“A second tracer we develop is a tracer that targets CD69. CD69 is a general immune marker. It is a protein on the surface of cells that is a sign of immune cell activation in general. We think that with this tracer we can image an activated immune system. It is not very specific; it simply tells you whether the immune system is triggered or not.”

What about the third tracer against CD163?

“This third tracer we are developing is a tracer against CD163 and is a macrophage tracer. Macrophages are a sort of phagocytes. So, they eat all kind of things: They eat bacteria, they eat cell debris, but they also have an orchestrating role. They tell the immune system whether they should silence or whether they should be very active. You can say it is the policeman of the immune system. There are already some macrophage tracers available, but these macrophages are known to be very diverse. We already have a number of these macrophage tracers in the consortium including one we have developed ourselves targeting the macrophage mannose receptor, but there is always a need to develop new tracers against other subpopulations of these macrophages. CD163 is one that in the literature looks very promising. It is very specific for a certain type of immune cells that is central in the orchestration of the immune system.”

All these tracers are being developed in the WP3 research group and are based on nanobodies. Can you explain what nanobodies are and what type you use?

“Nanobodies are a special type of antibody derivatives. They are derived from an antibody, not from a conventional antibody that humans have, but from camel antibodies. These camel antibodies have a unique feature that we can exploit for immune imaging. They have a much simpler structure, and you only need a fragment of it to exploit for molecular imaging. The big advantage of this is that they are very small. They are about ten times smaller than conventional antibodies. You can label them efficiently; we can generate them against virtually any protein that we like. Ten years of research has told us that it is a very interesting format to develop new tracers from scratch.”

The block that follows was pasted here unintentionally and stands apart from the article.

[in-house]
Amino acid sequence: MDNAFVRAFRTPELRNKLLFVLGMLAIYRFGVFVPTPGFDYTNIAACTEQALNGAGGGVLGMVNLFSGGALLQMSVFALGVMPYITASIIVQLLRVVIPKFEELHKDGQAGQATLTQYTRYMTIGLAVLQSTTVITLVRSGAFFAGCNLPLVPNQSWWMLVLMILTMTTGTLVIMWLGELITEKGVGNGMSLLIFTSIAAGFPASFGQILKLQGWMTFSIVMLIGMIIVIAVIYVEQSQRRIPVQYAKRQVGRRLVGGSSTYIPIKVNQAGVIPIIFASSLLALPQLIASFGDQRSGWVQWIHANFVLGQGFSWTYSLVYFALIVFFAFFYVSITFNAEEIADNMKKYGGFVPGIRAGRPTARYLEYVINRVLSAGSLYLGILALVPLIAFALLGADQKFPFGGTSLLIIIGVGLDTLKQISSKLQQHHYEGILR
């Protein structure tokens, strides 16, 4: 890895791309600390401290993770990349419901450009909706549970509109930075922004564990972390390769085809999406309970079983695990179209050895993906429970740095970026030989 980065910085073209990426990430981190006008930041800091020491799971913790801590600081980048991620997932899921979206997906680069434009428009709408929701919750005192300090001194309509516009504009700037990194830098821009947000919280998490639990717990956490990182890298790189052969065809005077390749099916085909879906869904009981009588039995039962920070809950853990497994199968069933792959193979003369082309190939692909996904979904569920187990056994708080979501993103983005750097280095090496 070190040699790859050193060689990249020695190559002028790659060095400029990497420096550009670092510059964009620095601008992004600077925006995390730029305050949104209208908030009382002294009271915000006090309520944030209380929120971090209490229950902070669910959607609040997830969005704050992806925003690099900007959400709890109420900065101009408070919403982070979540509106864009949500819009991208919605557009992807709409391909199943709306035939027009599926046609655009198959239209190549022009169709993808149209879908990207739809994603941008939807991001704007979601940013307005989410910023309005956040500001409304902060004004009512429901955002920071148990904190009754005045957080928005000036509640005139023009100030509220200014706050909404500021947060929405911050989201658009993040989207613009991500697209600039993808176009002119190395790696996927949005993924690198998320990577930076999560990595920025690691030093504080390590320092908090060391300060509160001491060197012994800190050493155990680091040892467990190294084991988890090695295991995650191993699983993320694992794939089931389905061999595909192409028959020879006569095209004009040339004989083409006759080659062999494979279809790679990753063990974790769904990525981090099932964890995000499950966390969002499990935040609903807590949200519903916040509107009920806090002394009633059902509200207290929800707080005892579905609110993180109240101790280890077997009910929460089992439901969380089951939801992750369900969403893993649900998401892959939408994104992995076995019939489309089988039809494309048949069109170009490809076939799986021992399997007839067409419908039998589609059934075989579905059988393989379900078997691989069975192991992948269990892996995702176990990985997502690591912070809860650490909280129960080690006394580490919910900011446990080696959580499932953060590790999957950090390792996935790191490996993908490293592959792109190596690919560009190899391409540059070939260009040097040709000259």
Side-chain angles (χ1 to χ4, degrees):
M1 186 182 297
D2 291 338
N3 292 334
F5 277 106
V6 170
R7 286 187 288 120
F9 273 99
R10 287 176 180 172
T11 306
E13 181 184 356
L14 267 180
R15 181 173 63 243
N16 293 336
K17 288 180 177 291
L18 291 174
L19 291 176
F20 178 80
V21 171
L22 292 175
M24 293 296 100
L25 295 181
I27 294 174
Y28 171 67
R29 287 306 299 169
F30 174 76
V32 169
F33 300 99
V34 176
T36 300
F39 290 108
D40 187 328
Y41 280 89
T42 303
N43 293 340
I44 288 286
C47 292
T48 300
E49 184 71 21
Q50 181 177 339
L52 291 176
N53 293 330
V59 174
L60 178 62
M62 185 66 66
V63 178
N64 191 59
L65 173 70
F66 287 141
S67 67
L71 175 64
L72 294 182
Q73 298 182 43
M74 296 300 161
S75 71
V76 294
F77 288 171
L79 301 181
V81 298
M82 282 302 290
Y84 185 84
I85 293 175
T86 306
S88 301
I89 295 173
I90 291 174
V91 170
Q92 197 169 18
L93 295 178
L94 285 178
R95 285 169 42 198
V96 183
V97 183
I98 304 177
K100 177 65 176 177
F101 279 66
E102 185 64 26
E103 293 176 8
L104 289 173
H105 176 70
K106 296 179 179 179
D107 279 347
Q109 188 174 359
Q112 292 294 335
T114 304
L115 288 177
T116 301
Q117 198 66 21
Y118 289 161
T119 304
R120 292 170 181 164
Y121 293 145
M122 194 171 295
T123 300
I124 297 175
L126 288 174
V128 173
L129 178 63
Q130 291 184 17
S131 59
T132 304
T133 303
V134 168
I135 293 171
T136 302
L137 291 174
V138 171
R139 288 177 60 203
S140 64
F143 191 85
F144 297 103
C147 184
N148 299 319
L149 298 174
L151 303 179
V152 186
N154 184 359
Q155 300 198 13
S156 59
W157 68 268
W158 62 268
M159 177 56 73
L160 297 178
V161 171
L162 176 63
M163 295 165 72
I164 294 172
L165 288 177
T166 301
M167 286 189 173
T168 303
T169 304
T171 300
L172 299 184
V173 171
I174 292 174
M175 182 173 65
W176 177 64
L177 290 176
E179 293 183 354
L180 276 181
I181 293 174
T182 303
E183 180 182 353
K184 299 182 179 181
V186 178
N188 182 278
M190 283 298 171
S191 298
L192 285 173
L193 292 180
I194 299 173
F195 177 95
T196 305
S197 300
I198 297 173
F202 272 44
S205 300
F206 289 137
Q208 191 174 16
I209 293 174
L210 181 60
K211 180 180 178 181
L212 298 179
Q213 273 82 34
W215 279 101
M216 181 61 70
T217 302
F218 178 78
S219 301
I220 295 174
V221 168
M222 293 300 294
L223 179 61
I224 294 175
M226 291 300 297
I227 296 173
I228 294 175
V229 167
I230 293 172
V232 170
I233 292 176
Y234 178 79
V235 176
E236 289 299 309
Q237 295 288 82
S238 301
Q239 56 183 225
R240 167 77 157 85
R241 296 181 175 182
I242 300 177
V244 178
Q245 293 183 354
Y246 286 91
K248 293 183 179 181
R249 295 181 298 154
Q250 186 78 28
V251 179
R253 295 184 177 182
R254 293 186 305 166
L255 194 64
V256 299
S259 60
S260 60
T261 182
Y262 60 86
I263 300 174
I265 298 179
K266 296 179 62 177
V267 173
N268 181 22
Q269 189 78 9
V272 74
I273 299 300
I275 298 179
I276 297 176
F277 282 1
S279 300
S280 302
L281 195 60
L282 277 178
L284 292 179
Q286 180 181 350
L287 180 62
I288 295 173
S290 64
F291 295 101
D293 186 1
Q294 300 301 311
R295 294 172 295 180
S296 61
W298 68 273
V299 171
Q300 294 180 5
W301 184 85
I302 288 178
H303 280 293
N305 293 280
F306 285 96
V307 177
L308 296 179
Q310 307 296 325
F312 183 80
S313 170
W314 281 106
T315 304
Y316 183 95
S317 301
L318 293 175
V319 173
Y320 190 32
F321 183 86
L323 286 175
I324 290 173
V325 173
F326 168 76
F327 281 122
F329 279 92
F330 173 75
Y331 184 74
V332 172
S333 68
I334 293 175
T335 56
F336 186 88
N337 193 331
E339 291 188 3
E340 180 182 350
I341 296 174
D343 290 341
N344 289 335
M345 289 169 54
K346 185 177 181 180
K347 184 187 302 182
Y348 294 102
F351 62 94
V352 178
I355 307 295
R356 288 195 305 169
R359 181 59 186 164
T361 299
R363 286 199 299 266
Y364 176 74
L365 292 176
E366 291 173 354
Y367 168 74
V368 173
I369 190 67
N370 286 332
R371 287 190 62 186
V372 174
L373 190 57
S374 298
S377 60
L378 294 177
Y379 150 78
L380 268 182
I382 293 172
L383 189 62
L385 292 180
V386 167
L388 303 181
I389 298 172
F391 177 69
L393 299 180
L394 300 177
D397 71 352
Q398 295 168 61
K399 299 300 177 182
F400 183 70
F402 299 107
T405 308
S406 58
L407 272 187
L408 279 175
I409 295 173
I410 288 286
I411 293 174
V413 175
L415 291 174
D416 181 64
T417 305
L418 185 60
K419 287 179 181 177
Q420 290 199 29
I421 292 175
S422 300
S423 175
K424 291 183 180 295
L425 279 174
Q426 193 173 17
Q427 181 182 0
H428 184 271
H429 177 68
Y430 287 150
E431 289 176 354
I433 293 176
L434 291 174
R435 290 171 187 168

What exactly is the goal of the bispecific tracer?

“We are developing a bispecific tracer against both CD8 and CD69. These two together will image activated cytotoxic T lymphocytes. If we can image that cell population it would be the holy grail. It means that immune therapy is really activating immune cells to kill the cancer cells. This has never been tried before, so it is a very risky effort. But with ten years of experience, we are very confident that we will succeed. High risk, high gain.”

What are the advantages of these tracers? Do you have a preference?

“No, not at all. In clinical studies it needs to be determined which one will be the preferred one and which one will give the biggest advantage. Each immune cell population has its own functions. They all have the same potential to be developed as a proficient tracer.”

What do you hope the immune image project will achieve in five years?

“Within Immune Image we try to cover the whole value chain. Some tracers are already pretty well advanced but are not tested sufficiently on patients, so we want to fill that gap. Also, we really would like to do some clinical studies with the very interesting and newer tracers. My personal hope is that one or a few of the new tracers we completely started from scratch in this consortium will be eventually tested in patients. And in the long term, let’s say in ten years, patients will get one of the tracers generated by Immune-Image as a standard of care diagnostic procedure.”

About Prof. Nick Devoogdt

Nick works at the University of Brussels as an early-stage professor in the medical imaging group. He is a molecular biologist in training and did his PhD in applied immunology. During his PhD he did not do antibody research, it was only until his postdoc that he started working with tracers and antibodies. At VUB he works in a large multidisciplinary team that consist of doctors, pharmacists, chemists, and biologists. Their goal is translational research, and they focus on developing new (nuclear) tracers, test them out in vitro and in animals, and then try to do clinical studies and bring them to the patients. His research group develops tracers for cancer to track the immune system, but also tracers to visualize inflammation.